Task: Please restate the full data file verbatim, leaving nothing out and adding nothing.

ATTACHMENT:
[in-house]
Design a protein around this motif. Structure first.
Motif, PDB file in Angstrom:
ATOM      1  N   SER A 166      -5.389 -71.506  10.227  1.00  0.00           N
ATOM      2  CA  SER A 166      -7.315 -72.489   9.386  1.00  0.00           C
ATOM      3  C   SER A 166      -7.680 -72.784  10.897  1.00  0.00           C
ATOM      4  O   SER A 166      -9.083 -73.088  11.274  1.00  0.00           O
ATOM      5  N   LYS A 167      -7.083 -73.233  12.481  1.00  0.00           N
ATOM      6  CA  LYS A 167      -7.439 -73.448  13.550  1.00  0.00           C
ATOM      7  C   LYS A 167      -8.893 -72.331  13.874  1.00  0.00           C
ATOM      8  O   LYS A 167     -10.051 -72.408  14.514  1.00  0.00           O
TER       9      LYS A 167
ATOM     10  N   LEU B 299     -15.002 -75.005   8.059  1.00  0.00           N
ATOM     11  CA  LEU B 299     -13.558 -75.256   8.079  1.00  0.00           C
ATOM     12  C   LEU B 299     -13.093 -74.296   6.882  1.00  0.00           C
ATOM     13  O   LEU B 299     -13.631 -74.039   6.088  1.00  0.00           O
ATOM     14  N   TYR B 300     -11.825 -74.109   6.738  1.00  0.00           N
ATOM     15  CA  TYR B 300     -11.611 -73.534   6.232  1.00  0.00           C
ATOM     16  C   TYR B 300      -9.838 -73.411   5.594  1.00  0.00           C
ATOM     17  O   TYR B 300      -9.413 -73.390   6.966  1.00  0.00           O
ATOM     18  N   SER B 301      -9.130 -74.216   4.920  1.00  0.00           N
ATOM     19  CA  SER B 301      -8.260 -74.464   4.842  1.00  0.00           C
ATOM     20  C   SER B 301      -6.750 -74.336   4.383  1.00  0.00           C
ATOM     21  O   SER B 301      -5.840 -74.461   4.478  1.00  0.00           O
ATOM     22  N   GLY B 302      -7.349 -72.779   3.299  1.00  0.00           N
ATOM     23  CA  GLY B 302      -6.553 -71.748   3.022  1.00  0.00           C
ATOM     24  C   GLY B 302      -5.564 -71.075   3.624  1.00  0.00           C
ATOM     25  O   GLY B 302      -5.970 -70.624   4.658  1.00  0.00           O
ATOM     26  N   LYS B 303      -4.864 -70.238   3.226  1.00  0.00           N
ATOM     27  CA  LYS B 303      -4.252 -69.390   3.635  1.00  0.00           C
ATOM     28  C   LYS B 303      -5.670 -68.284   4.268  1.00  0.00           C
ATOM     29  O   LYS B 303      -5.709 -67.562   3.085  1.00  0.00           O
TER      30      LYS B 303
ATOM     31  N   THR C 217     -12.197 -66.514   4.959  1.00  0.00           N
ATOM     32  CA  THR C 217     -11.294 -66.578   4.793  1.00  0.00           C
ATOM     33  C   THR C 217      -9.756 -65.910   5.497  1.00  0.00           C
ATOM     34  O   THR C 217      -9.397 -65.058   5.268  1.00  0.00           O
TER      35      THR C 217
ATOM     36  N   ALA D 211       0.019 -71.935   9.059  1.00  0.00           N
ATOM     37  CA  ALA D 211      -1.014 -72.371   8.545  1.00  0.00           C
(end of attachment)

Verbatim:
[in-house]
Design a protein around this motif. Structure first.
Motif, PDB file in Angstrom:
ATOM      1  N   SER A 166      -5.389 -71.506  10.227  1.00  0.00           N
ATOM      2  CA  SER A 166      -7.315 -72.489   9.386  1.00  0.00           C
ATOM      3  C   SER A 166      -7.680 -72.784  10.897  1.00  0.00           C
ATOM      4  O   SER A 166      -9.083 -73.088  11.274  1.00  0.00           O
ATOM      5  N   LYS A 167      -7.083 -73.233  12.481  1.00  0.00           N
ATOM      6  CA  LYS A 167      -7.439 -73.448  13.550  1.00  0.00           C
ATOM      7  C   LYS A 167      -8.893 -72.331  13.874  1.00  0.00           C
ATOM      8  O   LYS A 167     -10.051 -72.408  14.514  1.00  0.00           O
TER       9      LYS A 167
ATOM     10  N   LEU B 299     -15.002 -75.005   8.059  1.00  0.00           N
ATOM     11  CA  LEU B 299     -13.558 -75.256   8.079  1.00  0.00           C
ATOM     12  C   LEU B 299     -13.093 -74.296   6.882  1.00  0.00           C
ATOM     13  O   LEU B 299     -13.631 -74.039   6.088  1.00  0.00           O
ATOM     14  N   TYR B 300     -11.825 -74.109   6.738  1.00  0.00           N
ATOM     15  CA  TYR B 300     -11.611 -73.534   6.232  1.00  0.00           C
ATOM     16  C   TYR B 300      -9.838 -73.411   5.594  1.00  0.00           C
ATOM     17  O   TYR B 300      -9.413 -73.390   6.966  1.00  0.00           O
ATOM     18  N   SER B 301      -9.130 -74.216   4.920  1.00  0.00           N
ATOM     19  CA  SER B 301      -8.260 -74.464   4.842  1.00  0.00           C
ATOM     20  C   SER B 301      -6.750 -74.336   4.383  1.00  0.00           C
ATOM     21  O   SER B 301      -5.840 -74.461   4.478  1.00  0.00           O
ATOM     22  N   GLY B 302      -7.349 -72.779   3.299  1.00  0.00           N
ATOM     23  CA  GLY B 302      -6.553 -71.748   3.022  1.00  0.00           C
ATOM     24  C   GLY B 302      -5.564 -71.075   3.624  1.00  0.00           C
ATOM     25  O   GLY B 302      -5.970 -70.624   4.658  1.00  0.00           O
ATOM     26  N   LYS B 303      -4.864 -70.238   3.226  1.00  0.00           N
ATOM     27  CA  LYS B 303      -4.252 -69.390   3.635  1.00  0.00           C
ATOM     28  C   LYS B 303      -5.670 -68.284   4.268  1.00  0.00           C
ATOM     29  O   LYS B 303      -5.709 -67.562   3.085  1.00  0.00           O
TER      30      LYS B 303
ATOM     31  N   THR C 217     -12.197 -66.514   4.959  1.00  0.00           N
ATOM     32  CA  THR C 217     -11.294 -66.578   4.793  1.00  0.00           C
ATOM     33  C   THR C 217      -9.756 -65.910   5.497  1.00  0.00           C
ATOM     34  O   THR C 217      -9.397 -65.058   5.268  1.00  0.00           O
TER      35      THR C 217
ATOM     36  N   ALA D 211       0.019 -71.935   9.059  1.00  0.00           N
ATOM     37  CA  ALA D 211      -1.014 -72.371   8.545  1.00  0.00           C